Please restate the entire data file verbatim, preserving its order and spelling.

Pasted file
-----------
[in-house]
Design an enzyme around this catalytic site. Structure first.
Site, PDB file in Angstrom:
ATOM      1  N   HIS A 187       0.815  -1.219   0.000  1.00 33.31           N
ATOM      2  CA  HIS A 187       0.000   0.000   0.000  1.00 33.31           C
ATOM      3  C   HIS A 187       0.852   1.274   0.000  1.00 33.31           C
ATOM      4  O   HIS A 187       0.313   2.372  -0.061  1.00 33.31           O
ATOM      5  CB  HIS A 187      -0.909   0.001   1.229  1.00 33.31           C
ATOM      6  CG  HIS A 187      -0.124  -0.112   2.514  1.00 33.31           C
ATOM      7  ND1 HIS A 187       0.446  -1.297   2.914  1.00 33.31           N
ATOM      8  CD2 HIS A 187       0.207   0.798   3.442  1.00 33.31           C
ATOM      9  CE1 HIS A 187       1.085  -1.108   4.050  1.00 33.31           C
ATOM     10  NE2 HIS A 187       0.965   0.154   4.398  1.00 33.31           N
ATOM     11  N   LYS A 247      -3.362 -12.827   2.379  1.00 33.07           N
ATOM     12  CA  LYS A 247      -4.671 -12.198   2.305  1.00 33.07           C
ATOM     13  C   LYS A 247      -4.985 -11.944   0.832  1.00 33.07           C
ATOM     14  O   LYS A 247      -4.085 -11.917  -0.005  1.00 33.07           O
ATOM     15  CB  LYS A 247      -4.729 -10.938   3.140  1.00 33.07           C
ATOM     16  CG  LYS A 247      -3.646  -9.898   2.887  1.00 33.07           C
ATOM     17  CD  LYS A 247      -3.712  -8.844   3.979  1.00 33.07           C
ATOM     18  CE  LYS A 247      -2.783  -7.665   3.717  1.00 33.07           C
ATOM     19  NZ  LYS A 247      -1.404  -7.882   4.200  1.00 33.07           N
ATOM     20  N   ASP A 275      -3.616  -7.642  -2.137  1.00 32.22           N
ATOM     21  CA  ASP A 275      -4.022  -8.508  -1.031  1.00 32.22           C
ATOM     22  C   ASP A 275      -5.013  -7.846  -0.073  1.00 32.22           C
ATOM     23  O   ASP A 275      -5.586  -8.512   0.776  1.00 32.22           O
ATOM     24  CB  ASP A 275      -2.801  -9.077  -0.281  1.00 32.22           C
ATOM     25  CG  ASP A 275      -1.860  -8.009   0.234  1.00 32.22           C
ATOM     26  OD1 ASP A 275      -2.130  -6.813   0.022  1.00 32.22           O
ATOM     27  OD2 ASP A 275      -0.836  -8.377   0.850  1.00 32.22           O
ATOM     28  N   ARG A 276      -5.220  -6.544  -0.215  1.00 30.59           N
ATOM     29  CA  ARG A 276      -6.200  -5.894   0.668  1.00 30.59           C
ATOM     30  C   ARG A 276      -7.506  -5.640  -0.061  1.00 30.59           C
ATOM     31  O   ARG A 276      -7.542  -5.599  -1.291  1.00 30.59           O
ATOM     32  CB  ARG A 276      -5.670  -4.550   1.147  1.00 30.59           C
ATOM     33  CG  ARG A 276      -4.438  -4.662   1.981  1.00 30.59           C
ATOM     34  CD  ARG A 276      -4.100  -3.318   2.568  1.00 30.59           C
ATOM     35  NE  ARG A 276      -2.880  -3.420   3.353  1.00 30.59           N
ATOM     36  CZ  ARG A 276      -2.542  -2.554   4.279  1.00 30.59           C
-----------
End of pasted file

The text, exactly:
[in-house]
Design an enzyme around this catalytic site. Structure first.
Site, PDB file in Angstrom:
ATOM      1  N   HIS A 187       0.815  -1.219   0.000  1.00 33.31           N
ATOM      2  CA  HIS A 187       0.000   0.000   0.000  1.00 33.31           C
ATOM      3  C   HIS A 187       0.852   1.274   0.000  1.00 33.31           C
ATOM      4  O   HIS A 187       0.313   2.372  -0.061  1.00 33.31           O
ATOM      5  CB  HIS A 187      -0.909   0.001   1.229  1.00 33.31           C
ATOM      6  CG  HIS A 187      -0.124  -0.112   2.514  1.00 33.31           C
ATOM      7  ND1 HIS A 187       0.446  -1.297   2.914  1.00 33.31           N
ATOM      8  CD2 HIS A 187       0.207   0.798   3.442  1.00 33.31           C
ATOM      9  CE1 HIS A 187       1.085  -1.108   4.050  1.00 33.31           C
ATOM     10  NE2 HIS A 187       0.965   0.154   4.398  1.00 33.31           N
ATOM     11  N   LYS A 247      -3.362 -12.827   2.379  1.00 33.07           N
ATOM     12  CA  LYS A 247      -4.671 -12.198   2.305  1.00 33.07           C
ATOM     13  C   LYS A 247      -4.985 -11.944   0.832  1.00 33.07           C
ATOM     14  O   LYS A 247      -4.085 -11.917  -0.005  1.00 33.07           O
ATOM     15  CB  LYS A 247      -4.729 -10.938   3.140  1.00 33.07           C
ATOM     16  CG  LYS A 247      -3.646  -9.898   2.887  1.00 33.07           C
ATOM     17  CD  LYS A 247      -3.712  -8.844   3.979  1.00 33.07           C
ATOM     18  CE  LYS A 247      -2.783  -7.665   3.717  1.00 33.07           C
ATOM     19  NZ  LYS A 247      -1.404  -7.882   4.200  1.00 33.07           N
ATOM     20  N   ASP A 275      -3.616  -7.642  -2.137  1.00 32.22           N
ATOM     21  CA  ASP A 275      -4.022  -8.508  -1.031  1.00 32.22           C
ATOM     22  C   ASP A 275      -5.013  -7.846  -0.073  1.00 32.22           C
ATOM     23  O   ASP A 275      -5.586  -8.512   0.776  1.00 32.22           O
ATOM     24  CB  ASP A 275      -2.801  -9.077  -0.281  1.00 32.22           C
ATOM     25  CG  ASP A 275      -1.860  -8.009   0.234  1.00 32.22           C
ATOM     26  OD1 ASP A 275      -2.130  -6.813   0.022  1.00 32.22           O
ATOM     27  OD2 ASP A 275      -0.836  -8.377   0.850  1.00 32.22           O
ATOM     28  N   ARG A 276      -5.220  -6.544  -0.215  1.00 30.59           N
ATOM     29  CA  ARG A 276      -6.200  -5.894   0.668  1.00 30.59           C
ATOM     30  C   ARG A 276      -7.506  -5.640  -0.061  1.00 30.59           C
ATOM     31  O   ARG A 276      -7.542  -5.599  -1.291  1.00 30.59           O
ATOM     32  CB  ARG A 276      -5.670  -4.550   1.147  1.00 30.59           C
ATOM     33  CG  ARG A 276      -4.438  -4.662   1.981  1.00 30.59           C
ATOM     34  CD  ARG A 276      -4.100  -3.318   2.568  1.00 30.59           C
ATOM     35  NE  ARG A 276      -2.880  -3.420   3.353  1.00 30.59           N
ATOM     36  CZ  ARG A 276      -2.542  -2.554   4.279  1.00 30.59           C